@NASA Goddard Space Flight Center via flickr
Yes, safety matters. We don’t want to lose an arm or drown or get chewed out by our boss or co-worker. So we determine a boundary between what’s safe and not safe and work within it. But between that boundary is another one: the boundary of comfort. We work within our comfort zone that exists inside our safety zone. Cross the safety boundary, you will likely die. Cross the comfort boundary: and this is where you grow.
It’s where you discover that the world isn’t flat and that you won’t explode if you drive more than 35mph.
But what if…what if that safety boundary has shifted? What if – without us knowing it – what we thought was unsafe behavior now isn’t? The outer circle (safety) is bigger, and the distance between its boundary and that of our inner circle (comfort) is more vast. It’s now too uncomfortable to find out what’s beyond that horizon or what would happen if we accelerate to 36mph.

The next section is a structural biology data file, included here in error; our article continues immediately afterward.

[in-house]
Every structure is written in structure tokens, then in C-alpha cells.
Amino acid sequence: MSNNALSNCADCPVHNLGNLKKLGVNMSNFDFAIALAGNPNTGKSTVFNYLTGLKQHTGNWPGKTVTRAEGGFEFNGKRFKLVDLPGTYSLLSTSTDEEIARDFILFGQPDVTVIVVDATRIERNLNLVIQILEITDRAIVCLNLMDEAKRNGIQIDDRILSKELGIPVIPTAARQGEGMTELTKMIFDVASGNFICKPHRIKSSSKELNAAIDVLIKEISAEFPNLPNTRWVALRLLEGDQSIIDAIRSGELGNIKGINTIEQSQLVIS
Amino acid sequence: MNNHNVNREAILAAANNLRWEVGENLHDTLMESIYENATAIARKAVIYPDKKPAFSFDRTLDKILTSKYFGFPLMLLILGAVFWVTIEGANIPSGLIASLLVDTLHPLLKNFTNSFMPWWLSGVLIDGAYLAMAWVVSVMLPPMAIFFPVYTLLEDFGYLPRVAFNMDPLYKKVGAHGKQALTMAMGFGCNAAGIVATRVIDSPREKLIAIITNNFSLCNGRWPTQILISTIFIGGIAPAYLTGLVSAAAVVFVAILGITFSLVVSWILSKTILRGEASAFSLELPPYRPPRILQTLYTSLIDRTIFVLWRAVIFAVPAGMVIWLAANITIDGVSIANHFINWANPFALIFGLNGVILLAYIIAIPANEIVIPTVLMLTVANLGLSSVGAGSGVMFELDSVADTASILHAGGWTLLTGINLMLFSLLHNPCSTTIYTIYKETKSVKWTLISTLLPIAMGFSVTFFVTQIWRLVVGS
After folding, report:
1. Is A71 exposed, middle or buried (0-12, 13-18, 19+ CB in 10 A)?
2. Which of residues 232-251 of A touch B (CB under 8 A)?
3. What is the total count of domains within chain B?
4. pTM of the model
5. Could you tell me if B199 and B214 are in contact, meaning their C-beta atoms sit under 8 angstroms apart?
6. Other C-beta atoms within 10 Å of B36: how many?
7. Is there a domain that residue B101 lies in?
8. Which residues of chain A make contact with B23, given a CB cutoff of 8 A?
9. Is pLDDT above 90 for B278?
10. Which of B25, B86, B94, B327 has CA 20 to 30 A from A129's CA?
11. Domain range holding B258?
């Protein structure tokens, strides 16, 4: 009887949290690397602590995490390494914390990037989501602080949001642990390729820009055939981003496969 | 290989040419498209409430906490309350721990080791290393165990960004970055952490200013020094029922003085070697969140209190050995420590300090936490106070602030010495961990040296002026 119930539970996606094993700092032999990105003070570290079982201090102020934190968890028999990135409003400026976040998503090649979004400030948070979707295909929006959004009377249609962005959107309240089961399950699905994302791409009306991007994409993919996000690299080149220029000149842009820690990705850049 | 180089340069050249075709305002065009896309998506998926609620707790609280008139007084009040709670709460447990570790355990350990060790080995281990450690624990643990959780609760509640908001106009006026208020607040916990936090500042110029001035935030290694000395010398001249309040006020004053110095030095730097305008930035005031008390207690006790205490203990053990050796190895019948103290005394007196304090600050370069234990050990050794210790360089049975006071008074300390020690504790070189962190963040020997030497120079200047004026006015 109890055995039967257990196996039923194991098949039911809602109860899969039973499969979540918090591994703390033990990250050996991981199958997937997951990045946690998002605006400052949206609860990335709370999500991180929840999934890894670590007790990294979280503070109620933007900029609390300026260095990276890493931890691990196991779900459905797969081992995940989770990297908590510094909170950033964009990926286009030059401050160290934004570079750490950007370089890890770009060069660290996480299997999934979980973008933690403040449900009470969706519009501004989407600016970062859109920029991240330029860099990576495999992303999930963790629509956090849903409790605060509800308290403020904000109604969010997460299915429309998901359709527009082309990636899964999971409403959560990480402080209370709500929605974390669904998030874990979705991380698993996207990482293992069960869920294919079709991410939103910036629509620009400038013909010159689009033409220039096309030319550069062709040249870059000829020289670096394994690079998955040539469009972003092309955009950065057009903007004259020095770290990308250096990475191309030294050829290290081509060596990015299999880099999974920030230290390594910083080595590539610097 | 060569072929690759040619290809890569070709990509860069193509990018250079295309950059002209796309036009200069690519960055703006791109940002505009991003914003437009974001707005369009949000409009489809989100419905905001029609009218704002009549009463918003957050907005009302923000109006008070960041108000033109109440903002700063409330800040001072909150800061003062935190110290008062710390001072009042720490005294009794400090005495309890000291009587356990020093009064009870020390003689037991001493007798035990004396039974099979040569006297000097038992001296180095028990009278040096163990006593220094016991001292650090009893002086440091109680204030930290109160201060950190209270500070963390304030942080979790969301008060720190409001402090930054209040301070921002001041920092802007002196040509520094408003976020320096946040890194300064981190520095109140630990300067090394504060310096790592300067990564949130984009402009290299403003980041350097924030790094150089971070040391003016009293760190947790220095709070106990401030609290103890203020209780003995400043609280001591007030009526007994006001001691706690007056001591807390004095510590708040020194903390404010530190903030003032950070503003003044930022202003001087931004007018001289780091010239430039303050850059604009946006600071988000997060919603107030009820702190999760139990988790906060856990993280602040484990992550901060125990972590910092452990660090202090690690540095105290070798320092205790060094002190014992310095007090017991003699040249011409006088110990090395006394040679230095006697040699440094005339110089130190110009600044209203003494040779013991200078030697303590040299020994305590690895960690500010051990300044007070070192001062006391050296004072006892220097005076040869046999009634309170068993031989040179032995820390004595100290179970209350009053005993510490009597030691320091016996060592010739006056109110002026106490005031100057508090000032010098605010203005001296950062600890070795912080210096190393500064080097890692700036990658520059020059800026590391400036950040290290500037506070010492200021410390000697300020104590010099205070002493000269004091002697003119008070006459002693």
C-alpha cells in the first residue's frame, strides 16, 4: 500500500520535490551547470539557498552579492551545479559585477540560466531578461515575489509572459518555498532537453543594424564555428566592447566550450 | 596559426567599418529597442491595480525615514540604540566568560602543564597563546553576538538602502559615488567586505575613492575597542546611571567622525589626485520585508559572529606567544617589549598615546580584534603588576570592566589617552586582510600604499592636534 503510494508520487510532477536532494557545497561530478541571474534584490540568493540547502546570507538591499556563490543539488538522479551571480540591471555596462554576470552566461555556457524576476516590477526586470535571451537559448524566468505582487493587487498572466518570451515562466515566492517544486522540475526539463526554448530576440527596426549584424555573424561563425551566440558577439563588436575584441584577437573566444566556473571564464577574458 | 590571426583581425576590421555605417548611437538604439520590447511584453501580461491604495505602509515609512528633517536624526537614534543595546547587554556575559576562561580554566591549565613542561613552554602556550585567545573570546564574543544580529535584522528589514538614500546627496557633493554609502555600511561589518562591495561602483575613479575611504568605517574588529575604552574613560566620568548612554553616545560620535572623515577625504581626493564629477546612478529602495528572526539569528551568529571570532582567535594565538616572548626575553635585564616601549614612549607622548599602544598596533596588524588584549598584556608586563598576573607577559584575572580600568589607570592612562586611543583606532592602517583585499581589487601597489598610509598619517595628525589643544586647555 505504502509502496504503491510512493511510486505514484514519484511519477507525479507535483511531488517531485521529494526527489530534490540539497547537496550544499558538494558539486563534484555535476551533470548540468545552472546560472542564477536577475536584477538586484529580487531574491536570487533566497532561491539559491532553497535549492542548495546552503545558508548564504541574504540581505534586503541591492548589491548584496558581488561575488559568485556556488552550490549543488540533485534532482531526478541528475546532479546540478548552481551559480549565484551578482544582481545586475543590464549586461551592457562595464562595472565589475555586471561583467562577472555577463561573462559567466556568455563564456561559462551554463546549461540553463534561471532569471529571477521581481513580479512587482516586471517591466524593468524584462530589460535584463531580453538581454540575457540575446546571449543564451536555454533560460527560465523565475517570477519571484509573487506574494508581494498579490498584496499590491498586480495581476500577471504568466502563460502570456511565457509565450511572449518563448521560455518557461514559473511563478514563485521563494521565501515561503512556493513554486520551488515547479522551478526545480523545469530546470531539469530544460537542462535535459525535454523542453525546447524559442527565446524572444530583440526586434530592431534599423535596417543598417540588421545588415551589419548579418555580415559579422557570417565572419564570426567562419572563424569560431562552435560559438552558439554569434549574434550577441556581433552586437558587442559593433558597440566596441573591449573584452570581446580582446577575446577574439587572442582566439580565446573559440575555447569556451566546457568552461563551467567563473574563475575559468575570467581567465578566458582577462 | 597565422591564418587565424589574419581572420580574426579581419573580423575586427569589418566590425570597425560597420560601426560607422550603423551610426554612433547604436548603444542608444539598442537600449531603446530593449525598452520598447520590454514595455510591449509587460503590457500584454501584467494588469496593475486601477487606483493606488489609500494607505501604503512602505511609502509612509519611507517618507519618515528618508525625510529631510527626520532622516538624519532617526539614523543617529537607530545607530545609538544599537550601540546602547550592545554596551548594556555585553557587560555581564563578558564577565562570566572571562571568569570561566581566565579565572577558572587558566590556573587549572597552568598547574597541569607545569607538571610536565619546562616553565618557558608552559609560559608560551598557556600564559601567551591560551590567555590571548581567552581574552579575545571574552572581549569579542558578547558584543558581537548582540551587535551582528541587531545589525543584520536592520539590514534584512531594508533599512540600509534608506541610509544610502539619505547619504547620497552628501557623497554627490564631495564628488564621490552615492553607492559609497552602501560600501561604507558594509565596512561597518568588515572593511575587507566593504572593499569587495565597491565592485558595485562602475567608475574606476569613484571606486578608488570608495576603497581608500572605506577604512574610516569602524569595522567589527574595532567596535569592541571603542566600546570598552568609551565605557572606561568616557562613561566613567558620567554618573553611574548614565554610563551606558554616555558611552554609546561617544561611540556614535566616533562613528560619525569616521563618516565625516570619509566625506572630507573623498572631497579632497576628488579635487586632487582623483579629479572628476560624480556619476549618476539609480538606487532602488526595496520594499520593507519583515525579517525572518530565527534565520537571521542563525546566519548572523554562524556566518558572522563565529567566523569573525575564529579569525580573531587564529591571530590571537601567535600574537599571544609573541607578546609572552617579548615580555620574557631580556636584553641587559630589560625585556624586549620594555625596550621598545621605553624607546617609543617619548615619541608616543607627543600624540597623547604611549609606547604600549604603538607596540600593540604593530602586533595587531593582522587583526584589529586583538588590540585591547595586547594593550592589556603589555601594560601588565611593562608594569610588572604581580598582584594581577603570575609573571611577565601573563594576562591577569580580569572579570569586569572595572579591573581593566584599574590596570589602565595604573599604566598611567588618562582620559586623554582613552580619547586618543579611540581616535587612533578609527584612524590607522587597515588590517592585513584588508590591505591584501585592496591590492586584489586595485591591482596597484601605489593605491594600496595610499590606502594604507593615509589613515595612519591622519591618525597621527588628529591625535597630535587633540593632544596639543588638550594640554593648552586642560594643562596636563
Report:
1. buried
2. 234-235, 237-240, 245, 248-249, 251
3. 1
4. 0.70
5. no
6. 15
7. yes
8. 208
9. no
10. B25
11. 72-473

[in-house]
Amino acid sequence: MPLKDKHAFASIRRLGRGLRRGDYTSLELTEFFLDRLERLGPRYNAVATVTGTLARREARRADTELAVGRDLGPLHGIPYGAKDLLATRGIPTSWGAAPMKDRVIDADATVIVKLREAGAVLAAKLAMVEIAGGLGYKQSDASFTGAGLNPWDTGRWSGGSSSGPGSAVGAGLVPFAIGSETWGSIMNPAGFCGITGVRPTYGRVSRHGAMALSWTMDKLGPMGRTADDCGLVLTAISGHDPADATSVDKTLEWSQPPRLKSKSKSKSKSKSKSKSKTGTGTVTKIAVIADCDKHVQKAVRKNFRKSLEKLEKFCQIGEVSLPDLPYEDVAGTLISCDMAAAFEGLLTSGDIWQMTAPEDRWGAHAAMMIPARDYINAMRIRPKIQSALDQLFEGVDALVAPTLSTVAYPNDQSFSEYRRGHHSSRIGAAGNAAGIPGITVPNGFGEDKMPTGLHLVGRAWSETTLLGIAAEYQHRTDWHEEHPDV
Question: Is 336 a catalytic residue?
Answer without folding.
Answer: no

Compared to how life was centuries (even decades) ago, our physical safety is much better protected. But our perspective on what’s safe and what’s not has been distorted and manipulated. It’s why I see people so quiet in meetings and unwilling to speak up even if they don’t have the answer.
It’s why I’m quiet when I know that I shouldn’t be.
Yes, safety matters. For God’s sake, don’t lose an arm. But the paradox is that you have to risk and live like you could lose one. And most of the decisions we make in the course of a day, the perspectives that we stand in, the beliefs that we have, don’t threaten our limbs.